Illinois’ biggest and most popular casino has been hit with a $2 million fine, and two of its officers have been ordered suspended, after a complaint from the Illinois Gaming Board lambasted the casino’s parent company for failure to follow internal procedures in hiring a security and maintenance vendor, and for lax control over gaming promotions. But the Gaming Board came down hard on Rivers, not only for the United contract, but also for numerous infractions regarding promotions. Describing their findings on United, Gaming Board investigators said they found that Rivers had hired the company for security and cleaning services, without going through proper bidding and other procedures. In one case, they found that a contract had been back dated, and that a due-diligence report was actually performed more than a year after the company had already been hired.

Conman who stole £800k from pensioners can only repay £500

A DELAWARE COUNTY bookkeeper got so comfortable stealing from his employer that he made 257 unauthorized ATM withdrawals totaling $122,184 from May 2011 to this January – and that wasn’t even half of what he allegedly stole. In all, Jeffrey McElwee, 53, of Essington, stole $696,631.69 from Power Source Repair in Collingdale dating back to when he was hired in 2002McElwee’s motive, according to detectives who made the bust, was to afford his gambling habit at local casinos, said Emily Harris, spokeswoman for the District Attorney’s Office. Bank statements from Jenzano’s Wells Fargo line of credit account revealed that McElwee withdrew $122,184.50 from ATMs from 2011 to 2015, with close to half of the withdrawals made at the same PNC Bank ATM at an Essington Wawa located near the defendant’s home, the D.A.’s Office said.

For more information on the dangers of gambling, please visit CASINO WATCH & CASINO WATCH FOUNDATION

Seminole Gambling Compact Moves Toward Arbitration as Pressure Increases from Other Tribes to Enter Their Own Compact with Florida

Casino Watch Focus has reported on the ongoing negotiations to pass a new gambling compact between the state of Florida and the Seminole tribe. This compact has set up exclusive rights to table games at their tribal casinos, and de facto exclusive rights to tribal gaming in the state. The negotiations stalled during the legislative session and a special negotiation period resumed when the compact ended and the State asked the Seminole tribes to stop offering table games in their casinos. As reported earlierit looked like negotiations were progressing as expected, then an unexpected gambling expansion twist emerged as the tribe was looking to add to the number of casinos in the state as well as expand into other games such as roulette and craps. Prior to these renewed negotiations, the tribe asked for mediation and the state has been working to set up the arbitration. The Orlando Sentinel explains:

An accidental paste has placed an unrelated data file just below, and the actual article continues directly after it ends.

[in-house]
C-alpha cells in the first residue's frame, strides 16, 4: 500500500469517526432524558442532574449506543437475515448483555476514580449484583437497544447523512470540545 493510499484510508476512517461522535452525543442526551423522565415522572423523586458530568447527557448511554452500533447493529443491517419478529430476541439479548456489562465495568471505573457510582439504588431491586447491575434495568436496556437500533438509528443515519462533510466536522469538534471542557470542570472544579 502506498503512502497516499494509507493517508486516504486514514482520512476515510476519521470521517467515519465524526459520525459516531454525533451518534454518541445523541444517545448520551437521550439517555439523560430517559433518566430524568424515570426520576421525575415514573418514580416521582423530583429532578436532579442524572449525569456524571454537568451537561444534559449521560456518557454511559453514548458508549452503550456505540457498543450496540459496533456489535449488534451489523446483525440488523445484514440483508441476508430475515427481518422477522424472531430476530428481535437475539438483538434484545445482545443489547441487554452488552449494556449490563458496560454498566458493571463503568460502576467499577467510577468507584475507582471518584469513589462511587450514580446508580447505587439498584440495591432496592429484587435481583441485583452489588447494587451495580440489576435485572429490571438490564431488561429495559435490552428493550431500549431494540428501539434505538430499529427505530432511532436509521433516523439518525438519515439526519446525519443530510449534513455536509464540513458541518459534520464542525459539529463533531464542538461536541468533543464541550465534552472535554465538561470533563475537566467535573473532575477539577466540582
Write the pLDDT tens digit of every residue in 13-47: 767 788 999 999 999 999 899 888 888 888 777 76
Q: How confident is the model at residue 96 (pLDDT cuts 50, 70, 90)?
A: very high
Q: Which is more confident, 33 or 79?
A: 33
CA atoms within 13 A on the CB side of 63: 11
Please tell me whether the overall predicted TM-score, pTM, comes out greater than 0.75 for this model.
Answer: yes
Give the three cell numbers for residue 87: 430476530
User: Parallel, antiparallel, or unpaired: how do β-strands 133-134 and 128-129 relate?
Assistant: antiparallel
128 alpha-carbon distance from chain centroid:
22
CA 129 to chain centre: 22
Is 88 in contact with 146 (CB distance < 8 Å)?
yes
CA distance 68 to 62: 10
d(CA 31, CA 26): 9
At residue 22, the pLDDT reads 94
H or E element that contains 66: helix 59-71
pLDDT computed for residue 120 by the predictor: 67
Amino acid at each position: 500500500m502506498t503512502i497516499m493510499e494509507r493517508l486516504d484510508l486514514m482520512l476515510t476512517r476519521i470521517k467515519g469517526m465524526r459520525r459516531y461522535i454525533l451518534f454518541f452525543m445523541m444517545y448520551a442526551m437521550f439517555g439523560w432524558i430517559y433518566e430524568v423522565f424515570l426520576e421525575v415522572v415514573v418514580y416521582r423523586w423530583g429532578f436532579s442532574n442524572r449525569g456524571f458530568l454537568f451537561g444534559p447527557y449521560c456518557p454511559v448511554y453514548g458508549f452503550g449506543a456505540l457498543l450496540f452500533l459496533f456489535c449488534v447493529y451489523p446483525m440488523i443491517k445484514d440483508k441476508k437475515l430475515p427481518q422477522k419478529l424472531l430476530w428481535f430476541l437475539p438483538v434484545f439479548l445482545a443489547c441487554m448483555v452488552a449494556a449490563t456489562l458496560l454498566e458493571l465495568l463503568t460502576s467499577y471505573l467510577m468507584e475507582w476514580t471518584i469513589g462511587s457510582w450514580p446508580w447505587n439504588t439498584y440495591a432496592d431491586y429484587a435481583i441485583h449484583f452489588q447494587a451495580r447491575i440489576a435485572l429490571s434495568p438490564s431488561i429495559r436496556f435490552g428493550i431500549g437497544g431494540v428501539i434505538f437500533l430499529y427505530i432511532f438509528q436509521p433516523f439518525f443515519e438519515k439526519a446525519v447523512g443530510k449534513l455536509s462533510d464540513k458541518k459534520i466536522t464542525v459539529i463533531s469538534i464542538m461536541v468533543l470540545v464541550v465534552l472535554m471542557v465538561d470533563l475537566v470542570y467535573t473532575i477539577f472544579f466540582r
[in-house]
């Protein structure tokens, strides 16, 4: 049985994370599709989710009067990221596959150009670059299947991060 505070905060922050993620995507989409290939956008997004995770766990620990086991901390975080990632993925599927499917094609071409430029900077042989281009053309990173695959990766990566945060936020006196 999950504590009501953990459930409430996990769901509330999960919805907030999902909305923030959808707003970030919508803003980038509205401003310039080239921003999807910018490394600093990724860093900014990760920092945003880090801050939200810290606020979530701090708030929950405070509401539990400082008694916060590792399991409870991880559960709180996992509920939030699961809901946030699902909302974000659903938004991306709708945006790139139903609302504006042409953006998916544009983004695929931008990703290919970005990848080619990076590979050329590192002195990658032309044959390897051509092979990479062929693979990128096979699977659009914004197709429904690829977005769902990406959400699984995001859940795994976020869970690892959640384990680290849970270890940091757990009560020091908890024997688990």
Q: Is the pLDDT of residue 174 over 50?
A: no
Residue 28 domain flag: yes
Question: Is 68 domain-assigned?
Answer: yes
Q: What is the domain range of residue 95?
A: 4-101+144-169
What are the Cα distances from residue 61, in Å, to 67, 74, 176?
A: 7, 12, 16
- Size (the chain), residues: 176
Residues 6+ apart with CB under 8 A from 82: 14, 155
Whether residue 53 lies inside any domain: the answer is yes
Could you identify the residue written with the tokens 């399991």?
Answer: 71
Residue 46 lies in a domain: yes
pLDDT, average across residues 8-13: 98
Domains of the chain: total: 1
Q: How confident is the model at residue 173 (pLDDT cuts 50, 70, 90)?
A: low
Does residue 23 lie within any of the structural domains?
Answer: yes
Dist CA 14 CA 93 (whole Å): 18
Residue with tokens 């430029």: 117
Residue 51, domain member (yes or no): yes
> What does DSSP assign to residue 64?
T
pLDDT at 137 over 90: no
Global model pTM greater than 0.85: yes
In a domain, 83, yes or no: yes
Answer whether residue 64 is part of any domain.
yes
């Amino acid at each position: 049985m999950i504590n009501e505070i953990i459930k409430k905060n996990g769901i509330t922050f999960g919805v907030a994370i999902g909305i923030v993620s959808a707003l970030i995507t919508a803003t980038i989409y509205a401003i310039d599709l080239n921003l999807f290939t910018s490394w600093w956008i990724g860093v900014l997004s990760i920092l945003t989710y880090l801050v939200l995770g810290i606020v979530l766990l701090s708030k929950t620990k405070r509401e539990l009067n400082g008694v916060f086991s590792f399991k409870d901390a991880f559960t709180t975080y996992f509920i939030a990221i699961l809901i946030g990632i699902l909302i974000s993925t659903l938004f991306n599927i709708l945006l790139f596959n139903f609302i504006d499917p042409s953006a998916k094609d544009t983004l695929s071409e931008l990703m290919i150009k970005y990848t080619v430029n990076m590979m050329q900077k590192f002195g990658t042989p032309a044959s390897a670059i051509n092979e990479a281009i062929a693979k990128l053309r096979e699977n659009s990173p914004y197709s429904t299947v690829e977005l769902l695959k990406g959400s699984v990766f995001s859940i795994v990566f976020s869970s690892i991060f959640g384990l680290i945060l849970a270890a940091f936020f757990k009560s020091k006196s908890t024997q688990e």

The tribe formally requested mediation last month after negotiations over the card games, part of a $1 billion, five-year deal, stalled this spring.

While those talks appear to be back on track, the state has agreed to the Seminoles’ request, and both sides have settled on a mediator, according to documents provided by the Department of Business and Professional Regulation, which oversees gambling in the state.

“We have not formally responded to the merits of the request for mediation; however, we have been in contact with them regarding the selection of a mediator and working toward mediation dates and location,” department spokeswoman Chelsea Eagle said in an email Tuesday.

Added pressure to reach to an agreement comes from the interest of other tribes to establish a casino in Florida. Another party setting up shop would not only take from the Seminoles hopes of expanding their own casinos, but also provide a reason to the state to shy away from only allowing the Seminoles to offer table games. The Saint Peters Blog explains:

Last March, the Poarch sent a letter to Gov. Rick Scott, asking to enter into an agreement, or “gaming compact,” for the tribe to offer gambling at a casino it wants to build on land it has outside Pensacola. The Poarch also operate and are majority owners of the *Pensacola Greyhound Track, records show. If granted, the Poarch could be competitors to the *Seminole Tribe of Florida, which now has the only gaming compact in Florida.

And the state’s Miccosukee Tribe could seek a compact for Las Vegas-style gambling. It offers bingo, slots and poker at its Miami resort, but not blackjack. Though Indian gambling is ultimately controlled by federal law, tribes can negotiate compacts with states for exclusive rights to offer games in return for payments.

Its an always changing gambling landscape in Florida, but the best outcome for Florida families is limiting gambling expansion buy keeping the current number of tribal casinos set as is and by keeping additional games like craps and roulettes out of those casinos.

For more information on the dangers of gambling, please visit CASINO WATCH & CASINO WATCH FOUNDATION

Brief Look at Crime 08/24 – 08/30

Illinois man found guilty in shooting death of Indiana woman